Denver School District Apologizes for Threatening Immigrant Teachers
Denver’s local teacher’s union voted this week to hold a district-wide walkout to demand better pay. On Thursday, the Colorado People’s Alliance, a racial justice organization, posted a letter from a district human resources employee to a school stating that teachers on H–1B and J–1 visas who join the strike will be reported to immigration enforcement authorities and the U.S. Department of State. “If they have a pending case and choose to strike, this could impact the decision on the case,” the letter stated. The district said the email was an error caused by a misinterpretation of information they received from an immigration firm. The Denver Post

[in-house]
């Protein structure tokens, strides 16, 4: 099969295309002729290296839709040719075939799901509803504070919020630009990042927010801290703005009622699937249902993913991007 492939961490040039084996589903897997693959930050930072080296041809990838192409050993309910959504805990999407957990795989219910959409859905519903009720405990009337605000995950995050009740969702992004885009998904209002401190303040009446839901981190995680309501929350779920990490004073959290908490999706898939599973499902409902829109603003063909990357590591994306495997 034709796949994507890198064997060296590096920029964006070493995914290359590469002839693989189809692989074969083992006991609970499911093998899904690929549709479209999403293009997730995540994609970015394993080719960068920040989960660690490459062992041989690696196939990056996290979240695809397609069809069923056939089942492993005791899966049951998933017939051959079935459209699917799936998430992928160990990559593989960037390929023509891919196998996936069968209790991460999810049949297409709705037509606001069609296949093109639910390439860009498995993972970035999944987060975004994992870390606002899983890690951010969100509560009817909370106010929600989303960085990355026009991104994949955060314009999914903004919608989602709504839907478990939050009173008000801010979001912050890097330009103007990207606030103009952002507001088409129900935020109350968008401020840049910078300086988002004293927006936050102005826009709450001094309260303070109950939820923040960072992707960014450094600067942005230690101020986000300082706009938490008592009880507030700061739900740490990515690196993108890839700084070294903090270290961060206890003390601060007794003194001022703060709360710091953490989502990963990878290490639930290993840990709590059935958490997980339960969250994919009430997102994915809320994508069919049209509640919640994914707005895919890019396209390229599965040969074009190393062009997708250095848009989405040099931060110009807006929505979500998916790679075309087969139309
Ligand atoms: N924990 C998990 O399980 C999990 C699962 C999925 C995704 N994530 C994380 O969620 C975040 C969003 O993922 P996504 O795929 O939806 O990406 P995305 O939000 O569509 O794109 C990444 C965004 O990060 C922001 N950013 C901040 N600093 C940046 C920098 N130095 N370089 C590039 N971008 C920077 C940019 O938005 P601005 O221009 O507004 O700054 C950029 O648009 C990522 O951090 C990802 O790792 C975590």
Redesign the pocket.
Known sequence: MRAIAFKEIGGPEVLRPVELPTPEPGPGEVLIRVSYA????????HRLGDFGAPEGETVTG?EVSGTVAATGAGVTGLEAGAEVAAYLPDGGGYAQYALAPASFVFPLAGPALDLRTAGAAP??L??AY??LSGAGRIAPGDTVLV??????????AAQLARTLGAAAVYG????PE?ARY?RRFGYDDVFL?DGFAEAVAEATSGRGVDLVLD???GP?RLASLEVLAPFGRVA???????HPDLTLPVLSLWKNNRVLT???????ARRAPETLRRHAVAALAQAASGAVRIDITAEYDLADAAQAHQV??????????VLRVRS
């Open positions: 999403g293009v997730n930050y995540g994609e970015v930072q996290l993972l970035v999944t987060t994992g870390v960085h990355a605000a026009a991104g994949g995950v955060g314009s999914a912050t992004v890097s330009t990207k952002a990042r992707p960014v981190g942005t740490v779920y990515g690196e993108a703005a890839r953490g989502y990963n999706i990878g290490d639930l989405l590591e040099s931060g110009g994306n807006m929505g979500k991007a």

Mexican President’s Pro-Immigrant Stance Encourages Migrants to Stay
New policies from Mexican President Andrés Manuel López Obrador are encouraging migrants to stay in Mexico instead of heading to the U.S. As Trump’s border crackdown is making it more difficult to claim asylum, many members of the migrant caravan of over 12,000 people are saying they intend to remain in Mexico, at least temporarily. The new Mexican president has decided to drastically speed up the process for securing a yearlong humanitarian visa, which allows migrants to travel and work in Mexico. Obrador hopes to use ambitious public works projects to create jobs for migrants. The New York Times
Washington — Border Wall Could Force Another Shutdown, National Emergency
In rare retreat, Trump agreed to sign a budget bill without funding for construction of a border wall on the U.S.–Mexico border.